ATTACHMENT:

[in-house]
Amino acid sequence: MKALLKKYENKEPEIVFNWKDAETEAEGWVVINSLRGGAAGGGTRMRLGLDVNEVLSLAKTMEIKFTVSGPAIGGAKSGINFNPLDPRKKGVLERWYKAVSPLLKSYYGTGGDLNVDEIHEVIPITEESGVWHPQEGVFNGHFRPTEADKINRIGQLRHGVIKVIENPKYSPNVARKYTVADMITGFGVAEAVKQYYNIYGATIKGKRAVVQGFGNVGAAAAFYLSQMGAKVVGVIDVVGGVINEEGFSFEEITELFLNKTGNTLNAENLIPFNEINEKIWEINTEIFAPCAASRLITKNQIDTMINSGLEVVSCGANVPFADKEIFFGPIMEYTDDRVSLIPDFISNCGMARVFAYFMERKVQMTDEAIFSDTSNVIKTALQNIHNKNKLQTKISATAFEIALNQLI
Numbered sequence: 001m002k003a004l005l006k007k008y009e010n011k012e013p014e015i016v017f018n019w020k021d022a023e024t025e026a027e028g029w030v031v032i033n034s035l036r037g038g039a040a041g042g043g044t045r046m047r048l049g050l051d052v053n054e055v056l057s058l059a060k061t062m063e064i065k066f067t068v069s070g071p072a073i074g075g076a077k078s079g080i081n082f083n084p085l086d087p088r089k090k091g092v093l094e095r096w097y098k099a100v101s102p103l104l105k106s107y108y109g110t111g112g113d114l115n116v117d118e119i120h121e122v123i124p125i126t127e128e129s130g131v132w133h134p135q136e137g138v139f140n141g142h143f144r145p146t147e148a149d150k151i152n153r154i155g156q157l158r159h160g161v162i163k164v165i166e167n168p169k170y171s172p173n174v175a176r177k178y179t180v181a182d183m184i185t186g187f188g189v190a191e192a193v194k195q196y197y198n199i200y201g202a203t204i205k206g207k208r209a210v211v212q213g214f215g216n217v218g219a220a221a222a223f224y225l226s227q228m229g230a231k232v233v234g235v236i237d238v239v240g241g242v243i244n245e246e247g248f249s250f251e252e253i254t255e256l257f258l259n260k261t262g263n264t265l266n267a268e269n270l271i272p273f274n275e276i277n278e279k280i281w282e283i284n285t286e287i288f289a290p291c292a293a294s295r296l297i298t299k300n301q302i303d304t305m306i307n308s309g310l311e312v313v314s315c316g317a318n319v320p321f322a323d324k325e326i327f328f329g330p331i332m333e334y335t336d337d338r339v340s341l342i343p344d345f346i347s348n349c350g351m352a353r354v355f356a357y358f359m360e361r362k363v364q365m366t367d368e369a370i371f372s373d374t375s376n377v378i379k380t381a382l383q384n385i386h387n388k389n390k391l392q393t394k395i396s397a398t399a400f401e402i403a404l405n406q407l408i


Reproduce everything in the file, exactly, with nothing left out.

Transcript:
[in-house]
Amino acid sequence: MKALLKKYENKEPEIVFNWKDAETEAEGWVVINSLRGGAAGGGTRMRLGLDVNEVLSLAKTMEIKFTVSGPAIGGAKSGINFNPLDPRKKGVLERWYKAVSPLLKSYYGTGGDLNVDEIHEVIPITEESGVWHPQEGVFNGHFRPTEADKINRIGQLRHGVIKVIENPKYSPNVARKYTVADMITGFGVAEAVKQYYNIYGATIKGKRAVVQGFGNVGAAAAFYLSQMGAKVVGVIDVVGGVINEEGFSFEEITELFLNKTGNTLNAENLIPFNEINEKIWEINTEIFAPCAASRLITKNQIDTMINSGLEVVSCGANVPFADKEIFFGPIMEYTDDRVSLIPDFISNCGMARVFAYFMERKVQMTDEAIFSDTSNVIKTALQNIHNKNKLQTKISATAFEIALNQLI
Numbered sequence: 001m002k003a004l005l006k007k008y009e010n011k012e013p014e015i016v017f018n019w020k021d022a023e024t025e026a027e028g029w030v031v032i033n034s035l036r037g038g039a040a041g042g043g044t045r046m047r048l049g050l051d052v053n054e055v056l057s058l059a060k061t062m063e064i065k066f067t068v069s070g071p072a073i074g075g076a077k078s079g080i081n082f083n084p085l086d087p088r089k090k091g092v093l094e095r096w097y098k099a100v101s102p103l104l105k106s107y108y109g110t111g112g113d114l115n116v117d118e119i120h121e122v123i124p125i126t127e128e129s130g131v132w133h134p135q136e137g138v139f140n141g142h143f144r145p146t147e148a149d150k151i152n153r154i155g156q157l158r159h160g161v162i163k164v165i166e167n168p169k170y171s172p173n174v175a176r177k178y179t180v181a182d183m184i185t186g187f188g189v190a191e192a193v194k195q196y197y198n199i200y201g202a203t204i205k206g207k208r209a210v211v212q213g214f215g216n217v218g219a220a221a222a223f224y225l226s227q228m229g230a231k232v233v234g235v236i237d238v239v240g241g242v243i244n245e246e247g248f249s250f251e252e253i254t255e256l257f258l259n260k261t262g263n264t265l266n267a268e269n270l271i272p273f274n275e276i277n278e279k280i281w282e283i284n285t286e287i288f289a290p291c292a293a294s295r296l297i298t299k300n301q302i303d304t305m306i307n308s309g310l311e312v313v314s315c316g317a318n319v320p321f322a323d324k325e326i327f328f329g330p331i332m333e334y335t336d337d338r339v340s341l342i343p344d345f346i347s348n349c350g351m352a353r354v355f356a357y358f359m360e361r362k363v364q365m366t367d368e369a370i371f372s373d374t375s376n377v378i379k380t381a382l383q384n385i386h387n388k389n390k391l392q393t394k395i396s397a398t399a400f401e402i403a404l405n406q407l408i